The BPI consisted of cumulative data concerning nonsubject imports and combined export numbers for the domestic industry. The release of this information, when combined with other publicly available information on the record, made it possible to calculate the volume of nonsubject imports and estimate two domestic producers' exports during the original title VII investigation.

There were two mitigating factors. The breach was inadvertent, and the individuals involved had not been sanctioned for an APO breach within the past two years.

The parties argued that the Commission itself was partly responsible for the dissemination of the BPI because it distributed the confidential staff prehearing report containing unbracketed BPI to party representatives who were under the APO. However, the Commission found that this was not a mitigating factor because the cover page of the prehearing staff report clearly indicated that only the public version of the report should be used as a guide for confidentiality. The law firm received the public version of the staff report nine days before it filed the public version of its prehearing brief, and had ample time to refer to it and prevent the breach. The Commission also declined to accept the argument of the associate and international trade specialist that the “tight” time frame of sunset reviews justified their failure to properly rely on the public version.

There were also aggravating factors. The Commission staff, and not the law firm, discovered the possible breach. Without information to the contrary presented by the breaching individuals, the Commission presumed that the BPI was read by unauthorized personnel because it had been in the possession of unauthorized parties for over two months.

Case 4: The Commission found that a paralegal breached the APO when he prepared and filed a public version of a brief containing BPI in a title VII investigation without informing any attorneys in his firm. The paralegal was instructed by the supervisory attorney to prepare the confidential version of the brief for filing. The paralegal had extensive experience in Commission investigations and in preparing documents containing confidential information. While the paralegal was preparing the confidential brief, he misread the Commission's rules and believed the public version was also due for filing that day. Because it was late in the day, he immediately prepared the public version and filed it with the confidential version. In so doing, he failed to follow the firm's procedures for handling and filing documents containing BPI and failed to remove all BPI from the public version of the brief. The Commission issued a warning letter to the paralegal. The Commission found that the supervising attorney, whom the paralegal did not inform of his action, was not responsible for the breach.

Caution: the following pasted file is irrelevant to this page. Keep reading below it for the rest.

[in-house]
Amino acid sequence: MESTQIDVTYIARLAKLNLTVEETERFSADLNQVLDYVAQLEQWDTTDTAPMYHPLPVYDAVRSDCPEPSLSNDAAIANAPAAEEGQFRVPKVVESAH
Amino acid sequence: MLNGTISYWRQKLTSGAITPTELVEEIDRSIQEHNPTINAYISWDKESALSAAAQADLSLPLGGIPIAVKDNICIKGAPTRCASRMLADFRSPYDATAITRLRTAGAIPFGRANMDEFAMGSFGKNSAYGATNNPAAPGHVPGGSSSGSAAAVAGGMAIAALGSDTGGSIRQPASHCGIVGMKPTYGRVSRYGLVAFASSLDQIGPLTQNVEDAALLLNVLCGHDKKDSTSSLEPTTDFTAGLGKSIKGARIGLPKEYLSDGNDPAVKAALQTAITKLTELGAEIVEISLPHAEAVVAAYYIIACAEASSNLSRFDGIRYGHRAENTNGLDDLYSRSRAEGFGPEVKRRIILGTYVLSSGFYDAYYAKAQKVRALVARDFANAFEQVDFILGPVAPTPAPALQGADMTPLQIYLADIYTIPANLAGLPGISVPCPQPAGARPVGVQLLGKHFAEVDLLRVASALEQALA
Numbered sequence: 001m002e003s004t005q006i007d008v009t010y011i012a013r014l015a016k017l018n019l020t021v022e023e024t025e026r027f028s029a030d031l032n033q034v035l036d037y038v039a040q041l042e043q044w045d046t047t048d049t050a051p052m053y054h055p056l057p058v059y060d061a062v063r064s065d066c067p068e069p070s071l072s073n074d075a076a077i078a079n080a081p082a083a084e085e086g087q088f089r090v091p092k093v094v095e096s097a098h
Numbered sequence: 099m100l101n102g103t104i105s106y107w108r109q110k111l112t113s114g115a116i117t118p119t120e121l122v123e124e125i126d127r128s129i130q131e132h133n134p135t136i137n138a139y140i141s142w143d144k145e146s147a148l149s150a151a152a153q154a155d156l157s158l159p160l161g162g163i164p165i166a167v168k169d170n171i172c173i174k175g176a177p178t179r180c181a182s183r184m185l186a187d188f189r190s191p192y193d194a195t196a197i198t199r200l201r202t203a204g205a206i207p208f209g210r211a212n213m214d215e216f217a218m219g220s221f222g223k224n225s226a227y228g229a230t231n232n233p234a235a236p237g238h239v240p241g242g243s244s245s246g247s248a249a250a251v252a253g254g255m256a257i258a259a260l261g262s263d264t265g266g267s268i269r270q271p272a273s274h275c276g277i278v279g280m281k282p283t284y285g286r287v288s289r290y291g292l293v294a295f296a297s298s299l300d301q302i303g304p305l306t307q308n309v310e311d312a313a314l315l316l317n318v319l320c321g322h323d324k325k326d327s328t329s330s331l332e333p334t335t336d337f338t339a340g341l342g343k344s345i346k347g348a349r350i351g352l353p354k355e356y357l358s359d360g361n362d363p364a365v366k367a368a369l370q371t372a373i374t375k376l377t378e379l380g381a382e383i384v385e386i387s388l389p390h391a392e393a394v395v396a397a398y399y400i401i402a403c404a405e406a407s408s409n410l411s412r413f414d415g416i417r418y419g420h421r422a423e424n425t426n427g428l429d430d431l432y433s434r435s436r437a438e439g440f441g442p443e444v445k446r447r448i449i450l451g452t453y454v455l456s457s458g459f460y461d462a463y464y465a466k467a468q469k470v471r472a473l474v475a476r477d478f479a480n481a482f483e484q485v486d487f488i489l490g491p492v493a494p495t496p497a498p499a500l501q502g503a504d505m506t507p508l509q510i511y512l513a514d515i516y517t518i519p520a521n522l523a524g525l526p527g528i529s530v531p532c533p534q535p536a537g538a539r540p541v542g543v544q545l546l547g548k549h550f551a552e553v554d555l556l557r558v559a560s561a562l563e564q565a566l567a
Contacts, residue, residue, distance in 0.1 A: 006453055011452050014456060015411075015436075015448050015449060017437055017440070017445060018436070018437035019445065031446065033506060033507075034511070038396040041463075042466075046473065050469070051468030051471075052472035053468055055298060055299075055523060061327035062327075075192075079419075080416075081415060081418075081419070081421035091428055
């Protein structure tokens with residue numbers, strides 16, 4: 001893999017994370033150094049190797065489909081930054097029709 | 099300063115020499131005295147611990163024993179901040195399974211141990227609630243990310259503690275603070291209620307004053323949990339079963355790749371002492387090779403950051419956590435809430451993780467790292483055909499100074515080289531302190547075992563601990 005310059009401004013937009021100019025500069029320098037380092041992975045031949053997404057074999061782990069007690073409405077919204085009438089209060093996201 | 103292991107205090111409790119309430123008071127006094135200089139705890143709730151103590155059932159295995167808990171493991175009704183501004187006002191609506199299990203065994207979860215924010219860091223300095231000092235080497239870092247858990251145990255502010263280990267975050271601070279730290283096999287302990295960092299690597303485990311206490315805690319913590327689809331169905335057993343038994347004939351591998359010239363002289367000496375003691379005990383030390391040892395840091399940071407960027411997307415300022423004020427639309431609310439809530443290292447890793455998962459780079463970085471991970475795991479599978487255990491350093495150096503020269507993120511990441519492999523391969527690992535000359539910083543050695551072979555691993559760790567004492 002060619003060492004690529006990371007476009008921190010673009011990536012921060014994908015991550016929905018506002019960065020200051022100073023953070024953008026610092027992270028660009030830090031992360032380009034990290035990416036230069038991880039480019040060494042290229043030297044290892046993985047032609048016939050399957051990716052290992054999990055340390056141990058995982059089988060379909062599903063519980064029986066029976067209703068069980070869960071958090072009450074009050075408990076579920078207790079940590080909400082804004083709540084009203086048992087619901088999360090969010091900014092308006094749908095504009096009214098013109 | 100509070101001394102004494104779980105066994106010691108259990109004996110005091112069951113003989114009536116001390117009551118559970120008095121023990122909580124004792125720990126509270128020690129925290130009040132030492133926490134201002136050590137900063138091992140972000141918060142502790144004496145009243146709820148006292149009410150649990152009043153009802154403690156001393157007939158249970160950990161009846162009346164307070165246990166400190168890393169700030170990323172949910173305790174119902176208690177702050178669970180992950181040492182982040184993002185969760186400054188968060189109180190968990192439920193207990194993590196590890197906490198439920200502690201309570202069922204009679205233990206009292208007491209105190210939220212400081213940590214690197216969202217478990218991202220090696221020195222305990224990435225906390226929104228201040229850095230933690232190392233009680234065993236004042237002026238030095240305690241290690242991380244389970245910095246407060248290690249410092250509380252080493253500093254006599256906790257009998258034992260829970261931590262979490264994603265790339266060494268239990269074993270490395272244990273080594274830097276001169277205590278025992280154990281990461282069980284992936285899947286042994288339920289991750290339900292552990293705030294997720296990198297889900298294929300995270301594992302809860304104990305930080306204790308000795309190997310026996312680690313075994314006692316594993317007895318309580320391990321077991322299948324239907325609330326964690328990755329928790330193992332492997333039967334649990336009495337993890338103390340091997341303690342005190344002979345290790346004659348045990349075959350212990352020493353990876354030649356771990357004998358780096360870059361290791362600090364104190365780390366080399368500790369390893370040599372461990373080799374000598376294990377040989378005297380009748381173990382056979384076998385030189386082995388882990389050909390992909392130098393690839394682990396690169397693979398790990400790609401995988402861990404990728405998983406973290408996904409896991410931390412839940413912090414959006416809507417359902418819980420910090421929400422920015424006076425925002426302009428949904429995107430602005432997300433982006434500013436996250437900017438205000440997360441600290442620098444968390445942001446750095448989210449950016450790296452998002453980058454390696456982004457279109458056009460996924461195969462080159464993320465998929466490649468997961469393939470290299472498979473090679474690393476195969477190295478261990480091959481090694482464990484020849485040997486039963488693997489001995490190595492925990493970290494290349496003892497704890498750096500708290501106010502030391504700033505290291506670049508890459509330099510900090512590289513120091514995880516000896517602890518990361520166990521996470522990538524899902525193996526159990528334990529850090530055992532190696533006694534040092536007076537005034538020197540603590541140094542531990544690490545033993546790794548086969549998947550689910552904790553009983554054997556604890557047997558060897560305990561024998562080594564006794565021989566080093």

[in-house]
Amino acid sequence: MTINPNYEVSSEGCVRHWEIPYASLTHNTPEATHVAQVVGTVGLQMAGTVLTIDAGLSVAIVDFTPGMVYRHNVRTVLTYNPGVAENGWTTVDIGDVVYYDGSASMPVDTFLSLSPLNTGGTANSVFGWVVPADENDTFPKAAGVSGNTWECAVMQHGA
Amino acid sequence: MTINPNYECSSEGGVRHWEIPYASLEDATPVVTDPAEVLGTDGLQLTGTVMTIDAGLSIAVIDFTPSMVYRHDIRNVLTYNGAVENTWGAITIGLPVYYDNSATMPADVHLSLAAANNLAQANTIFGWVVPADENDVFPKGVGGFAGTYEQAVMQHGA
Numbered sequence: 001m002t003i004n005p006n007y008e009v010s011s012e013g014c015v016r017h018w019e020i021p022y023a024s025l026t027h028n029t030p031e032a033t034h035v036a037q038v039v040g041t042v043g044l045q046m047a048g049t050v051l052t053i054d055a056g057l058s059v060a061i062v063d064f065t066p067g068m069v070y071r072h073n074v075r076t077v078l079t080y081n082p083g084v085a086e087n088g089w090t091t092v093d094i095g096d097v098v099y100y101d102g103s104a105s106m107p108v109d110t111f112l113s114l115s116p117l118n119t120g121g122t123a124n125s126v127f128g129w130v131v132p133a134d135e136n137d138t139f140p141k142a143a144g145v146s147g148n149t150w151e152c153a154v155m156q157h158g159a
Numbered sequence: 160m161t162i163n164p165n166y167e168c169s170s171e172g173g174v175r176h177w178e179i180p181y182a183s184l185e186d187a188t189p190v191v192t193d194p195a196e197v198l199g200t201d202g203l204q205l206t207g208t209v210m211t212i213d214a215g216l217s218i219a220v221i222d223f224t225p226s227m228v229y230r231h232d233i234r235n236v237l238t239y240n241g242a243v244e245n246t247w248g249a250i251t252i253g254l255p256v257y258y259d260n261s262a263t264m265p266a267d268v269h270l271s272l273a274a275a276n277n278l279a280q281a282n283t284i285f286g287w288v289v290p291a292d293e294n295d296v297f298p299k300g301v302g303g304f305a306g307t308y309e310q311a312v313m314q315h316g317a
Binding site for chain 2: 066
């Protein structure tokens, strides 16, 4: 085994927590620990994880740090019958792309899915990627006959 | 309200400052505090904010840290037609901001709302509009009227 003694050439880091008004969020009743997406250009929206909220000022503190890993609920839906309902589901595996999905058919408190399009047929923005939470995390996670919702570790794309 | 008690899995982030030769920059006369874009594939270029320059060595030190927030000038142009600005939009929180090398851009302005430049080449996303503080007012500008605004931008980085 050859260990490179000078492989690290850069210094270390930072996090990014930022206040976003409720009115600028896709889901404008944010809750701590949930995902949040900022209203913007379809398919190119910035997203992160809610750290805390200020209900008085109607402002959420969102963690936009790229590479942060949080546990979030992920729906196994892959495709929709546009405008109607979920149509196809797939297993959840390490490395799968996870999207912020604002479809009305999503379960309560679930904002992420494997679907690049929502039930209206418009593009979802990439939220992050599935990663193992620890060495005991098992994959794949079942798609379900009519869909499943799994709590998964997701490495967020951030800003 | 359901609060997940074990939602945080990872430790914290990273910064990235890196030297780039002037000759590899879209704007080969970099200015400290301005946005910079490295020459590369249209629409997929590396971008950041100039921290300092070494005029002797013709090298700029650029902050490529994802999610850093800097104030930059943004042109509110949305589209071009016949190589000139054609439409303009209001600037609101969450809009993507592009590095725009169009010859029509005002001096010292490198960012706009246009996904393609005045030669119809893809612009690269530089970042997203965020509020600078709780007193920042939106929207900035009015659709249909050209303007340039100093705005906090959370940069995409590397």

There were several mitigating factors. The breach was unintentional, the BPI was not read by any person not subject to the APO, the firm moved to remedy the breach expeditiously after being informed of it by the Commission staff, and this was the paralegal's only breach in the prior two years generally examined by the Commission for the purpose of determining sanctions.

There were also aggravating factors. Commission staff, rather than the firm, discovered the breach, and the paralegal failed to follow the firm's procedures requiring attorney review of any filing for BPI.

Case 5: The Commission found that a secretary in a law firm breached the APO by mistakenly sending the confidential version of a title VII brief to an attorney who was opposing the law firm in a different investigation and who was not a signatory to the title VII investigation's APO. The Commission concluded that the firm's attorneys did not breach the APO. The secretary had been given a purely ministerial task of preparing a mailing envelope and, acting on her own, had inadvertently placed the title VII brief in the wrong mailing envelope. The Commission issued a warning letter to the secretary.

There were several mitigating factors. The secretary had no prior breaches within the prior two years generally examined by the Commission for purposes of determining sanctions; the breach was unintentional; relatively prompt action was taken to remedy the breach; and the record in this APOB Start Printed Page 66131investigation suggests that the BPI was not viewed by unauthorized persons.

Case 6: The Commission found that two attorneys breached the APO when they submitted a postconference brief comparing the prices of various firms' imports. The attorneys deliberately declined to bracket a passage providing a description of the degree by which prices reported by one importer were lower than those reported by other importers, on the grounds that Commission Rule 201.6(a)(1) allows parties to make “nonnumerical characterization” of trends in public submissions. In the Federal Register notice of final rulemaking for section 201.6(a)(1), the preamble stated that any discussion of the degree or absolute level of a decline or increase was not a “nonnumerical characterization.” The Commission concluded that, although the phrases were not literally numerical, they conveyed as much specificity as a strictly numerical characterization. Accordingly, the Commission found that the information in question was BPI and that it should have been bracketed. The attorneys argued that the BPI was information they acquired from their client and not from the questionnaire responses that had been cited in the brief. To support their argument, they cited exhibits that were included with the brief. The Commission found that these exhibits did not support their allegations that the information came from their client. The Commission issued private letters of reprimand to both attorneys.